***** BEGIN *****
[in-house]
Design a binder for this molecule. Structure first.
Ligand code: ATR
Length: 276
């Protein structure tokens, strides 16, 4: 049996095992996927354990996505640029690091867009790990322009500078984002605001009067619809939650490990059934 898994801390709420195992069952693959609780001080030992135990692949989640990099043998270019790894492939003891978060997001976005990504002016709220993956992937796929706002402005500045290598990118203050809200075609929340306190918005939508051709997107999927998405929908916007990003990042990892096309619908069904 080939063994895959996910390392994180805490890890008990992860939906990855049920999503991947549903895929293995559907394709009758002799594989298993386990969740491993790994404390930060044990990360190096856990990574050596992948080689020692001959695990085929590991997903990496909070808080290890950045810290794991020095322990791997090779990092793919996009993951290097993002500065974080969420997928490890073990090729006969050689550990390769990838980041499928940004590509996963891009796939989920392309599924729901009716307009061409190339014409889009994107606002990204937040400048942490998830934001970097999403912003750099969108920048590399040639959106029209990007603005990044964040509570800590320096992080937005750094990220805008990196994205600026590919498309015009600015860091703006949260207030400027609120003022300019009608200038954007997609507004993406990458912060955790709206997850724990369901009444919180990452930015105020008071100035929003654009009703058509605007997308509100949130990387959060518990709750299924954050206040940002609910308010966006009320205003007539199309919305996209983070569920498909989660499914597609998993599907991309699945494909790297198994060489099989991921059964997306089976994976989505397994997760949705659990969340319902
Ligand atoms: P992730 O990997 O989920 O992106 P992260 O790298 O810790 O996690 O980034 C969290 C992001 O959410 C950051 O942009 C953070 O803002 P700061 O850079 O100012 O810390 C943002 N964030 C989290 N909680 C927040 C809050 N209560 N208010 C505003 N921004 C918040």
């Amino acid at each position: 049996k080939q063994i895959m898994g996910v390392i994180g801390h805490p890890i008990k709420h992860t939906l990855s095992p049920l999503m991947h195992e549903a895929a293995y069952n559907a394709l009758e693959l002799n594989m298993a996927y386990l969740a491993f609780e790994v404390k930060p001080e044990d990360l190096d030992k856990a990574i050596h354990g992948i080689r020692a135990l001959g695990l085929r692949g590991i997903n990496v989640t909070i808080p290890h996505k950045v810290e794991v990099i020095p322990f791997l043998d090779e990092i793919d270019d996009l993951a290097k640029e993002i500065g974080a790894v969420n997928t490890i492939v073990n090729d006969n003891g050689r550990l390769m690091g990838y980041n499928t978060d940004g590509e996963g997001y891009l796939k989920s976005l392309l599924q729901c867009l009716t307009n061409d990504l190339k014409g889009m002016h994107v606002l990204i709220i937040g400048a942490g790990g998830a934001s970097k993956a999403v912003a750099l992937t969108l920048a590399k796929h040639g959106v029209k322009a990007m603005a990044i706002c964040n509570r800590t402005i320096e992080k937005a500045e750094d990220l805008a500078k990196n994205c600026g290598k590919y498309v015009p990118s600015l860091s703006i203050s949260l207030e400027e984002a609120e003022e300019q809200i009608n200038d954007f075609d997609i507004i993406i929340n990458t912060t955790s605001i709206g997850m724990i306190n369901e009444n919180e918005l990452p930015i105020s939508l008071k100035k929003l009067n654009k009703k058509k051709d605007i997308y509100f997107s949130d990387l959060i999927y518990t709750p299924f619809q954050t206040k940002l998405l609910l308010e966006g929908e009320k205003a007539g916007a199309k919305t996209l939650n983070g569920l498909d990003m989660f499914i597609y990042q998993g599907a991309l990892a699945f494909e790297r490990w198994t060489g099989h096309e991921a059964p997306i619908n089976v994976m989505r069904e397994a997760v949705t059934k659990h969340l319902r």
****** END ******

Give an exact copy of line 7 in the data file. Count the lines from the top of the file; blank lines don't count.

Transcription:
């Amino acid at each position: 049996k080939q063994i895959m898994g996910v390392i994180g801390h805490p890890i008990k709420h992860t939906l990855s095992p049920l999503m991947h195992e549903a895929a293995y069952n559907a394709l009758e693959l002799n594989m298993a996927y386990l969740a491993f609780e790994v404390k930060p001080e044990d990360l190096d030992k856990a990574i050596h354990g992948i080689r020692a135990l001959g695990l085929r692949g590991i997903n990496v989640t909070i808080p290890h996505k950045v810290e794991v990099i020095p322990f791997l043998d090779e990092i793919d270019d996009l993951a290097k640029e993002i500065g974080a790894v969420n997928t490890i492939v073990n090729d006969n003891g050689r550990l390769m690091g990838y980041n499928t978060d940004g590509e996963g997001y891009l796939k989920s976005l392309l599924q729901c867009l009716t307009n061409d990504l190339k014409g889009m002016h994107v606002l990204i709220i937040g400048a942490g790990g998830a934001s970097k993956a999403v912003a750099l992937t969108l920048a590399k796929h040639g959106v029209k322009a990007m603005a990044i706002c964040n509570r800590t402005i320096e992080k937005a500045e750094d990220l805008a500078k990196n994205c600026g290598k590919y498309v015009p990118s600015l860091s703006i203050s949260l207030e400027e984002a609120e003022e300019q809200i009608n200038d954007f075609d997609i507004i993406i929340n990458t912060t955790s605001i709206g997850m724990i306190n369901e009444n919180e918005l990452p930015i105020s939508l008071k100035k929003l009067n654009k009703k058509k051709d605007i997308y509100f997107s949130d990387l959060i999927y518990t709750p299924f619809q954050t206040k940002l998405l609910l308010e966006g929908e009320k205003a007539g916007a199309k919305t996209l939650n983070g569920l498909d990003m989660f499914i597609y990042q998993g599907a991309l990892a699945f494909e790297r490990w198994t060489g099989h096309e991921a059964p997306i619908n089976v994976m989505r069904e397994a997760v949705t059934k659990h969340l319902r």